CLEAN-UP

War on corruption is not tribe warfare

Give to Caesar what belongs to Caesar.

In Summary

• Anyone who steals from the public does not do it in the name of his or her tribe but in their own individual capacity.

• Kenyans can see who has been caught by the net and do not need a few people to pretend to know better.

Once upon a time, a mischievous shepherd, used, jokingly, to cry “Wolf! Wolf!”. When the villagers came running, he would laugh at them for their pains.

One day the wolf came in reality, and the shepherd, this time, called “Wolf! Wolf!” in earnest; but the villagers, having been so often deceived, disregarded his cries, and the sheep were left to the mercy of the wolf.

When the Arror and Kimwarer dam scandals hit the headlines, there were high-octane claims that certain communities from Rift Valley were being targeted.

 

These claims were trumpeted because the most prominent of the suspects was Treasury CS Henry Rotich, who is from the county where the dams were to be built. But it is also important to note that the second most prominent suspect, Treasury PS Kamau Thugge, is from Kiambu county.

Fast-forward to almost a month later, the DPP approved the arraignment of the directors of African Spirits company principally owned by Humphrey Kariuki and Keroche Breweries, identified with the family of Tabitha Karanja.

Immediately, some people who believe they can speak for communities started claiming that businesses owned by persons from the Mt Kenya region were being strangled.

The same cries were heard when the Interior CS went for the operating licences of betting firms, among them SportPesa, whose ownership is drawn from the Mt Kenya region.

If you are to look at the governors before court, we have Moses Lenolkulal from Samburu, Sospeter Ojaamong from Busia and Ferdinand Waititu from the President’s own Kiambu. So how can this be said to be selective?

Some people have even started developing conspiracy theories that this was a proxy war being driven by business rivals or dominant business families. But it is clear that most of these cases have something in common – denying the public the worth of its public funds – either through corruption or tax evasion.

However, last week President Uhuru Kenyatta declared that people have to give to Caesar what belongs to Caesar. The President warned that those running the betting businesses are his friends but when it comes to taxes they have an obligation and duty to Kenyans.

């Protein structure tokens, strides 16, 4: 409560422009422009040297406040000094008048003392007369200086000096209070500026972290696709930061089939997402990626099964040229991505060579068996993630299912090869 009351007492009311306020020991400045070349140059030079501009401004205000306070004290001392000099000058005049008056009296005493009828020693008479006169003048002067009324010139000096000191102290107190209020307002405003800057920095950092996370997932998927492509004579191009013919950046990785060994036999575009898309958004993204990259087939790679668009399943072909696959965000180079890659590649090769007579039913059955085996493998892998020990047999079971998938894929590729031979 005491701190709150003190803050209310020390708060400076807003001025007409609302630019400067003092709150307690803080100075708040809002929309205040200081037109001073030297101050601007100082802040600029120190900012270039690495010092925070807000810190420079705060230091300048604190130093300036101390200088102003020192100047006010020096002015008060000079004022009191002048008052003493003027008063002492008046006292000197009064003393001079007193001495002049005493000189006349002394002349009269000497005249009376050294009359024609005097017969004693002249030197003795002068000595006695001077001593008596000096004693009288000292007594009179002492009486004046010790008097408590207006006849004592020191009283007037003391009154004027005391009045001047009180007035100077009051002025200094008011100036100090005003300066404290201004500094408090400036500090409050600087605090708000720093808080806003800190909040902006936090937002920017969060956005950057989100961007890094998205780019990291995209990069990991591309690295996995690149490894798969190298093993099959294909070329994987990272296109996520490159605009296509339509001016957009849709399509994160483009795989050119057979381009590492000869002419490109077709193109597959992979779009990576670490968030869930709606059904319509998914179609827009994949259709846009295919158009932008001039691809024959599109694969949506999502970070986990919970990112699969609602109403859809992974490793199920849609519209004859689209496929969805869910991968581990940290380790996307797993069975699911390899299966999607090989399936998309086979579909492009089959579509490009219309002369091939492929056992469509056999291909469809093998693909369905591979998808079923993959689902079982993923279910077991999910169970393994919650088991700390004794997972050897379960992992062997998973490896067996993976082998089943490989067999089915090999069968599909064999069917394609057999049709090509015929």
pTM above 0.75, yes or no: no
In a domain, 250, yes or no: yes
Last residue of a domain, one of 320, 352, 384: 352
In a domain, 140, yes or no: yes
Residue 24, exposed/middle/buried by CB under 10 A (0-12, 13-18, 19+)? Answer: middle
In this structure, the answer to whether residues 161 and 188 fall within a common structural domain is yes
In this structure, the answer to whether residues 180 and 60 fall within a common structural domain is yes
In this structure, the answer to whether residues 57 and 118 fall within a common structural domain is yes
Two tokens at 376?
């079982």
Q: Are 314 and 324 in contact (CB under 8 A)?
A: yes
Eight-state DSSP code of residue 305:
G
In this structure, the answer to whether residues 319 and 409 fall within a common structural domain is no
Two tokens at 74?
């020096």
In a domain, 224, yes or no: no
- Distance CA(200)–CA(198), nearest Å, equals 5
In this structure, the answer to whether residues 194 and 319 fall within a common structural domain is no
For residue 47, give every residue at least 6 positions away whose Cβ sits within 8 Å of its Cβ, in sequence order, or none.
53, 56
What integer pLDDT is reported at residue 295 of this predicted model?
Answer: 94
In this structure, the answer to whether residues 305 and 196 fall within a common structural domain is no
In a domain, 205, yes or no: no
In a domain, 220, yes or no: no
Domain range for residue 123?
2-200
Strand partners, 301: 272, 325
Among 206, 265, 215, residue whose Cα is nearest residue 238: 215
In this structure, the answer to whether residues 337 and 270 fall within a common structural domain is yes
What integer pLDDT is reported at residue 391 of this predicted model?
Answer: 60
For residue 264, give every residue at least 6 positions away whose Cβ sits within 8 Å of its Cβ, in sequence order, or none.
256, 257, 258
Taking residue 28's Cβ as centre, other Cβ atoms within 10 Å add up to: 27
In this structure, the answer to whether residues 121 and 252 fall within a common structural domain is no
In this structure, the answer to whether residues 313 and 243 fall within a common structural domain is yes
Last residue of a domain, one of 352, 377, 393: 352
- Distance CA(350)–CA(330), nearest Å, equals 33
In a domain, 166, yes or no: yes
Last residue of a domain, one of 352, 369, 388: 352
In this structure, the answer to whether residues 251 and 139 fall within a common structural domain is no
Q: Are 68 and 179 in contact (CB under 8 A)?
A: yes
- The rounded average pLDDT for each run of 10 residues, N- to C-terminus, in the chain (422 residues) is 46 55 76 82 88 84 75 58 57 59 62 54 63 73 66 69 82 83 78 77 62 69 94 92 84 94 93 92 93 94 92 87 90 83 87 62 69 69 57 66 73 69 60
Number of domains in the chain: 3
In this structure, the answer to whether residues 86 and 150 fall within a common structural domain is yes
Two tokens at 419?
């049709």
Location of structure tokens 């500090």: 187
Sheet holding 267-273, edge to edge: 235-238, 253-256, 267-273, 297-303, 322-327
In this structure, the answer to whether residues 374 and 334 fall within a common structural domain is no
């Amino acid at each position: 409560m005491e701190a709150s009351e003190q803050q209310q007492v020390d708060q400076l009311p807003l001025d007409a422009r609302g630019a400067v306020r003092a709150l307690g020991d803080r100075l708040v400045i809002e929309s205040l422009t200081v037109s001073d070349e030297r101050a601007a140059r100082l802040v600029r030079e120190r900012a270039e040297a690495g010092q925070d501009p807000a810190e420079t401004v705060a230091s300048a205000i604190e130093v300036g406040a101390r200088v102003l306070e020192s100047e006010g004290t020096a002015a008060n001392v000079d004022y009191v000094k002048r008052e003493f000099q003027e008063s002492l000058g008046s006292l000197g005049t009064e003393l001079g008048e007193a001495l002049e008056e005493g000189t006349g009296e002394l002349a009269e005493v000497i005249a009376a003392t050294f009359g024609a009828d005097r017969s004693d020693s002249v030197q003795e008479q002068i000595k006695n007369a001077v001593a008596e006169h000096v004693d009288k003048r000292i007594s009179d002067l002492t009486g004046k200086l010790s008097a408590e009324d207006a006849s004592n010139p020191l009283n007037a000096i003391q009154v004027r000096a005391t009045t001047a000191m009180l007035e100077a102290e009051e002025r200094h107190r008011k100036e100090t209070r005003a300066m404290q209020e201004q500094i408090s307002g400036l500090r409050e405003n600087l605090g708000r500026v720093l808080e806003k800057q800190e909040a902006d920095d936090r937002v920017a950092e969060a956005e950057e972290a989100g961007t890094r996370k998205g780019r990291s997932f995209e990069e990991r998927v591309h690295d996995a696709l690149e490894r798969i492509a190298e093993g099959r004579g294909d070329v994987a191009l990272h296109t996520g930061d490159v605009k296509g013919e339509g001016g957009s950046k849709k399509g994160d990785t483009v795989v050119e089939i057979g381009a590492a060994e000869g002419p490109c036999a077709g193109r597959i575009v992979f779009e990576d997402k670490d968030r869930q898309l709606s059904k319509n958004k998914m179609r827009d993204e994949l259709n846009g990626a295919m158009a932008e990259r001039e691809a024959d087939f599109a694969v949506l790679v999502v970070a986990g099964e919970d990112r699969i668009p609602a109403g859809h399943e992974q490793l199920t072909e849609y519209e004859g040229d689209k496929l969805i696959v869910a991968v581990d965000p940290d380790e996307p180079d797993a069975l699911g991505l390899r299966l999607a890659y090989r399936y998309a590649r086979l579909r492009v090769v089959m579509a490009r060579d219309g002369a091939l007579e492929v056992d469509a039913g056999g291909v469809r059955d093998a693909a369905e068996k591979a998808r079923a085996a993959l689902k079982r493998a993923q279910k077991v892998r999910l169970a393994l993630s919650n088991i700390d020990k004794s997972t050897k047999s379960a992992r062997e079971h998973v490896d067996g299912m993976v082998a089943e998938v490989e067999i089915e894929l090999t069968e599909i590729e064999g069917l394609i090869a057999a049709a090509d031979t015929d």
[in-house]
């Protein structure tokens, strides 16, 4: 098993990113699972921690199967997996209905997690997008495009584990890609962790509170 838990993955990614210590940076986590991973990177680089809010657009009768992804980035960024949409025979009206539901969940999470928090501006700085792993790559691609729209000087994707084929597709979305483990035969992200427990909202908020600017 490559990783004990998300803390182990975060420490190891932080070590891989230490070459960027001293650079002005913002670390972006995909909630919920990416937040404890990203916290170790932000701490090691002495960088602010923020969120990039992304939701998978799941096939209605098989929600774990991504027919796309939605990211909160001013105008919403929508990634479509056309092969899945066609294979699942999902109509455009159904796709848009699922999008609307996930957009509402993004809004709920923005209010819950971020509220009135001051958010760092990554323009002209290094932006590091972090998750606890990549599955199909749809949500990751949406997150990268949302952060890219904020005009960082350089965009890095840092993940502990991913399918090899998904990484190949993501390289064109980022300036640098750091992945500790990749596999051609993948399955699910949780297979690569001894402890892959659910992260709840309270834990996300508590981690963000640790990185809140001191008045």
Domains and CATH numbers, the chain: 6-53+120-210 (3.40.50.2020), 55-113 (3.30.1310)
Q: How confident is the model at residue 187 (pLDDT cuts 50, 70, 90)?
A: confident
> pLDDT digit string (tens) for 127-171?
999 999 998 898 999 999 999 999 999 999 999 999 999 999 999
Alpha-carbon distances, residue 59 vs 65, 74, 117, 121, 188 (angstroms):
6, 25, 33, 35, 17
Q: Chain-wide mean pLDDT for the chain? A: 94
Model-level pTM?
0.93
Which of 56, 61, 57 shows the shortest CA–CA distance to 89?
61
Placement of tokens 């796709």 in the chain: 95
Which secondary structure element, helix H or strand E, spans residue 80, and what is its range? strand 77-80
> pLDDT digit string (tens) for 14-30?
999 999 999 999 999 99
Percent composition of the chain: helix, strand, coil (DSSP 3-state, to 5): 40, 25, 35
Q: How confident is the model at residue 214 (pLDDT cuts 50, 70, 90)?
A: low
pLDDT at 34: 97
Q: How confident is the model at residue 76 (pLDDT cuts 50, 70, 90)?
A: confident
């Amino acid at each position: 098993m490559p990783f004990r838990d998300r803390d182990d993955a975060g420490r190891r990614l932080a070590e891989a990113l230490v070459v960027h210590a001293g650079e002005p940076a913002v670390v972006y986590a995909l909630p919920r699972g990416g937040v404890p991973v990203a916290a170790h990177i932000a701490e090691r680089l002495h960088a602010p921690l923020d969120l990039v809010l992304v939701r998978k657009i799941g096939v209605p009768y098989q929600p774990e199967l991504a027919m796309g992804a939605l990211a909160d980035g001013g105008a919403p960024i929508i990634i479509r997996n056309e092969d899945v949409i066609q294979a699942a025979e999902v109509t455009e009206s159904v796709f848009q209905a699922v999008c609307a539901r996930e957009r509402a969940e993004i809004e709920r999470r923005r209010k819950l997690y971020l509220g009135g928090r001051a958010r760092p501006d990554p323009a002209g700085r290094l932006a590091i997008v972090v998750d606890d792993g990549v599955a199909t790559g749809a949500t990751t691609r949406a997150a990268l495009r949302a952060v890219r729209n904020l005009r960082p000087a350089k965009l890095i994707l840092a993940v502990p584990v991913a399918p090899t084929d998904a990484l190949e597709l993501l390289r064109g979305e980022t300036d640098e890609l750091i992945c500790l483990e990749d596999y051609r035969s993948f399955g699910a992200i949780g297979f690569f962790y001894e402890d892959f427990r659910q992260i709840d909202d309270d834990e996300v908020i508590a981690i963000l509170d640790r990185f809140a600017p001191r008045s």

And a few days later, the President repeated a similar warning telling those who think they can seek protection from the powers that be that they are on their own. Every Kenyan can no longer take refugee on tribe or connections when they are caught up on the wrong.

 

While in Mombasa on Monday, flagging off another of Kenya’s milestones, the President was clear that not even he can stop this train of getting people to account for their misdeeds.

Those who claim that the war on graft is selective are just dishonest people who think that Kenyans are foolish. Kenyans can see who has been caught by the net and do not need a few people to pretend to know better.

If you are to look at the governors before court, we have Moses Lenolkulal from Samburu, Sospeter Ojaamong from Busia and Ferdinand Waititu from the President’s own Kiambu. So how can this be said to be selective?

In fact, the EACC and DCI are on record saying they are targeting more than 10 governors and other county officials in the war on corruption. As the President said, the authorities are not joking and will go after all those who are found culpable.

They are going for suspects in their individual capacities and not because they belong to a certain tribe. Anyone who steals from the public does not do it in the name of his/her tribe but in their own individual capacity.

Those trying to parrot claims of selectiveness should know that the President’s agenda to fight corruption has the backing and goodwill of all Kenyans who want to see the country succeed.

The multi-agency task force dealing with the vice has been working swiftly and its actions are unstoppable. Indeed, only the guilty ought to be afraid. For the first time in Kenya's history, we are seeing the DCI, AG’s office, the EACC and DPP working collectively and in harmony to deal with graft.